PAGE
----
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Summary of the presentation of the draft recommendation on supporting young refugees in transition to adulthood at the GR-C

Strasbourg 31 January 2019
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Many of the children who arrived in 2015 have become adults in the meantime.

For them, their 18th birthday is the end of child-protection services, an abrupt and often unprepared change in accessing housing and support, such as welfare, education, health care, information. They are legally treated as adults, although they have not had a normal childhood, they most often have lacked the support of their parents and now need to face an adult life in a foreign and sometimes unfriendly society.

In different countries, there are repeated accounts of teenagers committing suicide after losing hope for a life in safety. Others fall easy prey to criminal groups, to labour and sexual exploitation or even to radicalisation. This puts them at risk and is not good for our societies either.

The scope of the recommendation was an arduous topic discussed during the drafting process. The result is a pragmatic compromise.

The recommendation refers to refugees and to beneficiaries of subsidiary protection – meaning those who are to stay in Europe at least for some time. The initial drafts referred to migrants too.

It covers only those who reached Europe as children, as they are seen to be in most need for such support. As children they have already been under the protection of our governments and their profile and needs are generally known before they turn 18.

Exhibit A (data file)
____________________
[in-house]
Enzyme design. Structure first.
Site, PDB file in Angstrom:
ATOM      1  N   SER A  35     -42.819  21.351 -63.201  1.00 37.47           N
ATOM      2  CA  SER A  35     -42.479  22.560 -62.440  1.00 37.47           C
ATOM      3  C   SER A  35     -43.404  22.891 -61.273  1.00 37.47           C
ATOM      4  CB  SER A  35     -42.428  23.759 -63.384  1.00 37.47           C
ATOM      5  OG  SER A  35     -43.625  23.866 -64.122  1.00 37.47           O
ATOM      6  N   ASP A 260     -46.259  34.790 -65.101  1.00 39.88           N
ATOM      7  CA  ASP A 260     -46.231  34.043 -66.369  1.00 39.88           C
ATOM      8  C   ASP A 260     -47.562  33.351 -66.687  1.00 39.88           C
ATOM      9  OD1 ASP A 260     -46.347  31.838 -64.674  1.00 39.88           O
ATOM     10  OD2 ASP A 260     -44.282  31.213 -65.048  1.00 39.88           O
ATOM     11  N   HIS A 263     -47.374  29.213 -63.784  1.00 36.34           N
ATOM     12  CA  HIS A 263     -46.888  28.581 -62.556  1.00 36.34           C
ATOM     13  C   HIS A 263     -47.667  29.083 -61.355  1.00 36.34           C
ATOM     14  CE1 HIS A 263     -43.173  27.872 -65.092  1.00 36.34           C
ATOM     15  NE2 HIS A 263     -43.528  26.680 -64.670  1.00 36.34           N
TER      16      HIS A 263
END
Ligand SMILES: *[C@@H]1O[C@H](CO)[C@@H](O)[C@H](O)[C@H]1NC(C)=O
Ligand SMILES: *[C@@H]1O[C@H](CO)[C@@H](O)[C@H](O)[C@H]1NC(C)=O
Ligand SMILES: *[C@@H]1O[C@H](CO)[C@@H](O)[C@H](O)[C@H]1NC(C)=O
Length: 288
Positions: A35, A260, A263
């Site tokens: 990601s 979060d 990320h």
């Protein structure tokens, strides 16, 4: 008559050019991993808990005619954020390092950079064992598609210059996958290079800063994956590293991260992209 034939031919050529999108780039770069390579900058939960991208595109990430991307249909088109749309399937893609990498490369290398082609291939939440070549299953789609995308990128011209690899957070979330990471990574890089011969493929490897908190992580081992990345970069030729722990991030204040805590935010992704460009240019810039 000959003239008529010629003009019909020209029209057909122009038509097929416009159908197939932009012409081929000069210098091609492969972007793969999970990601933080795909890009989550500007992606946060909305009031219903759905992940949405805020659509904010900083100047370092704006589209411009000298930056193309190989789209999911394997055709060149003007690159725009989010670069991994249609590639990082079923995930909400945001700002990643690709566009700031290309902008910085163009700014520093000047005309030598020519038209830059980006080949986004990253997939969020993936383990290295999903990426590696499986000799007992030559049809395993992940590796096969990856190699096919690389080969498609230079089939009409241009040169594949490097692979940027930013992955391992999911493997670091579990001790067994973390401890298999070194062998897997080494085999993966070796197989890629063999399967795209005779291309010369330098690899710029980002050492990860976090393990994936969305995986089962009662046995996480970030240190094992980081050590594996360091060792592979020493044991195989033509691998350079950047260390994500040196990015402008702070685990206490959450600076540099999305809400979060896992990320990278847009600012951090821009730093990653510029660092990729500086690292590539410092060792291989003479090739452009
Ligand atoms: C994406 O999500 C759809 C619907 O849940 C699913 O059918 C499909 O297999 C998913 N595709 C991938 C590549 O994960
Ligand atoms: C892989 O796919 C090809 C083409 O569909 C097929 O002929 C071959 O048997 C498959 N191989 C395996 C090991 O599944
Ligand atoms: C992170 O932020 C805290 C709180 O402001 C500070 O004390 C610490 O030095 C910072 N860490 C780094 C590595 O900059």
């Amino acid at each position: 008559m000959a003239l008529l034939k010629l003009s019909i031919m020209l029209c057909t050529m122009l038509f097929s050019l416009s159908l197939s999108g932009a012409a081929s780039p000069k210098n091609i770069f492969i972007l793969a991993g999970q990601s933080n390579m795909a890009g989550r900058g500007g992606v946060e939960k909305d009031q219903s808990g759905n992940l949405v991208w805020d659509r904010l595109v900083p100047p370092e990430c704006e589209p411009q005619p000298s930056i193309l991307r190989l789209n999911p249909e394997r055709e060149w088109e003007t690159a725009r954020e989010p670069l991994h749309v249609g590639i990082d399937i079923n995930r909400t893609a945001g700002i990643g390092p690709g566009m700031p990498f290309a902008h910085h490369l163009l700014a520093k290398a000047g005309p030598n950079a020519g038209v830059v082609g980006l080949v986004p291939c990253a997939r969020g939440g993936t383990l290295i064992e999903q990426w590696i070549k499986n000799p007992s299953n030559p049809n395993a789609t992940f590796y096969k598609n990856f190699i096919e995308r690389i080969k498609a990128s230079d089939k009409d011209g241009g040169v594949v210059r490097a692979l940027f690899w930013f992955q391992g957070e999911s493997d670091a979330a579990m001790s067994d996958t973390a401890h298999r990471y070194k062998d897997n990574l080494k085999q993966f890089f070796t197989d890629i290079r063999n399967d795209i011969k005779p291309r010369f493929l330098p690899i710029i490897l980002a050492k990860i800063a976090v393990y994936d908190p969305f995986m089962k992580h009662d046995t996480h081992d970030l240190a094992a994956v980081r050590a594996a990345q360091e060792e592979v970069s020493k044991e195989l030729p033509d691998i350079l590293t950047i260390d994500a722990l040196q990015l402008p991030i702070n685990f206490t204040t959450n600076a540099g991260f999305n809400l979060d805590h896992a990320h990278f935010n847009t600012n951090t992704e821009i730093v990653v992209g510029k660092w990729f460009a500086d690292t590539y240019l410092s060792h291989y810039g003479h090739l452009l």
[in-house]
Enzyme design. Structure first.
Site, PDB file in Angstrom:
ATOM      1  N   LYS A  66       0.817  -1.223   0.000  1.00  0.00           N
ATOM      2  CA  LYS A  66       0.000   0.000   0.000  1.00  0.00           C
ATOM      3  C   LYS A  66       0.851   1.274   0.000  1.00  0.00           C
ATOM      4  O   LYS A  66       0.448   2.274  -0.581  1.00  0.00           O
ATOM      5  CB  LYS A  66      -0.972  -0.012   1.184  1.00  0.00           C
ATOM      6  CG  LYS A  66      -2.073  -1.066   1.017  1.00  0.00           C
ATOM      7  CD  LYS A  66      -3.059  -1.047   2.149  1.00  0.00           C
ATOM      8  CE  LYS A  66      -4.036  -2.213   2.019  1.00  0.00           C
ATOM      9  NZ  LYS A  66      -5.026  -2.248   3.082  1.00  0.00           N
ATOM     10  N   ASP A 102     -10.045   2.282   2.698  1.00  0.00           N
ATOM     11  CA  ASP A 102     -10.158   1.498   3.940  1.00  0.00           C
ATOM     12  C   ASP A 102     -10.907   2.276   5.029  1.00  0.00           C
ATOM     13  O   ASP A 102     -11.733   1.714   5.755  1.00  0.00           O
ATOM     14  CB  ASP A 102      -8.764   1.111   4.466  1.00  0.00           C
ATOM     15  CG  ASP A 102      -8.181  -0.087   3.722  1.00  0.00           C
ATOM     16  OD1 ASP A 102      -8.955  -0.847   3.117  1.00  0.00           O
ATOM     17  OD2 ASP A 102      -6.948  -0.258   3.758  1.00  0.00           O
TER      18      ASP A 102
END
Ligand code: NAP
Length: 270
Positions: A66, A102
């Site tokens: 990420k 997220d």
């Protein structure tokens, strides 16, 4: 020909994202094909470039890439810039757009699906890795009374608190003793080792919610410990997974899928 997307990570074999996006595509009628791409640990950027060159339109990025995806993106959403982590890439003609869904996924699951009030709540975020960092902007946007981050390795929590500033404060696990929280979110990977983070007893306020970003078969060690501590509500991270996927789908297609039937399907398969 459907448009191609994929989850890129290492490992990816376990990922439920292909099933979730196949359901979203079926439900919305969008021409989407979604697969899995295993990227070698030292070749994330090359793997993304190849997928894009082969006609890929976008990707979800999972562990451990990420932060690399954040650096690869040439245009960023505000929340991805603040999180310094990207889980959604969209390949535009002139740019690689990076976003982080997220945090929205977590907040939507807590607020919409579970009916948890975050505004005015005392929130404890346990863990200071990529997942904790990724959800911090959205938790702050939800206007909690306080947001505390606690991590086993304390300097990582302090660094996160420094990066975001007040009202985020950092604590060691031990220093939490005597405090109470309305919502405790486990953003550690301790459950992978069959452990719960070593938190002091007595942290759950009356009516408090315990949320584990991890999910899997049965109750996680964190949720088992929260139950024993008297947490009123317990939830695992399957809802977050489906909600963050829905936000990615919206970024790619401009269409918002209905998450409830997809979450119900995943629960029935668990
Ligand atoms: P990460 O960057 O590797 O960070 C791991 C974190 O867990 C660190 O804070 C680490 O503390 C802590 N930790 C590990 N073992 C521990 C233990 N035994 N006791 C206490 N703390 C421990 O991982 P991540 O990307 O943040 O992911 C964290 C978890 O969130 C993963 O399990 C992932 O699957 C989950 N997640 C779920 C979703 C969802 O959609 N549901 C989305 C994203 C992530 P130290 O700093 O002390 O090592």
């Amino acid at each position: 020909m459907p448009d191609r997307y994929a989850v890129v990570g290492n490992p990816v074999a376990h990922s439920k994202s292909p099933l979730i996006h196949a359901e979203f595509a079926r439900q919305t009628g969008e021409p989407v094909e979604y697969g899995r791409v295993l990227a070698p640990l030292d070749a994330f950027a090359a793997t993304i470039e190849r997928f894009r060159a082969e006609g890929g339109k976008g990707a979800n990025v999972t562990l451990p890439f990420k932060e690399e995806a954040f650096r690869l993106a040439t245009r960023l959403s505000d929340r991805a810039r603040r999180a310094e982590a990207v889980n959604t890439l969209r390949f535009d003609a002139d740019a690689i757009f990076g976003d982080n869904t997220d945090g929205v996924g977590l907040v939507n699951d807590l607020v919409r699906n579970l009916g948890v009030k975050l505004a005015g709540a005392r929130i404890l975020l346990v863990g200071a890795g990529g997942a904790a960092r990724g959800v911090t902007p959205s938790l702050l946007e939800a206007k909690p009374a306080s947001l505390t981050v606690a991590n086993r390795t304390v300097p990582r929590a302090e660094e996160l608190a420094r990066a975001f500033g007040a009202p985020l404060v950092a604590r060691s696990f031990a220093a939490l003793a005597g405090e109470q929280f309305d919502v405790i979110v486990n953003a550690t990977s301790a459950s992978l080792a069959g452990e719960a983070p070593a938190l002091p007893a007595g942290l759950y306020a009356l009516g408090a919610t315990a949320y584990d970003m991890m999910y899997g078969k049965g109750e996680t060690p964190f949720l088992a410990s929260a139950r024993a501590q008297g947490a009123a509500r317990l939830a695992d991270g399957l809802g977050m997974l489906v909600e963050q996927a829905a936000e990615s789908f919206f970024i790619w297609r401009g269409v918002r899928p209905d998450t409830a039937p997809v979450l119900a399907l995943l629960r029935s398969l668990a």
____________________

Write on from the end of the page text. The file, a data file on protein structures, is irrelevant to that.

And finally, the text now does not impose any fixed term or age-limit, leaving it at the discretion of states to determine the duration of support measures.

Why exactly do we need such a document for young refugees?

Politically, it is the action to take in order to enhance their social inclusion – which, I repeat, is in the best interest of all of us. It is what we need to do today to make sure they are active members of society and contribute to the improvement of their own situations and those of their host communities. It is an effective way of tackling violent radicalisation and of increasing the capacity of our societies to reject all forms of extremism. Doing nothing is equal to shooting ourselves in the leg. Depriving new comers of linguistic education and trauma victims of mental healthcare is not a luxury we can indulge ourselves on if we are truly serious about building social peace and inclusive societies.

Legally, the text aims to provide opportunities for all young people without discrimination, which is at the heart of Council of Europe’s youth policy. Equality is a right, not a privilege.


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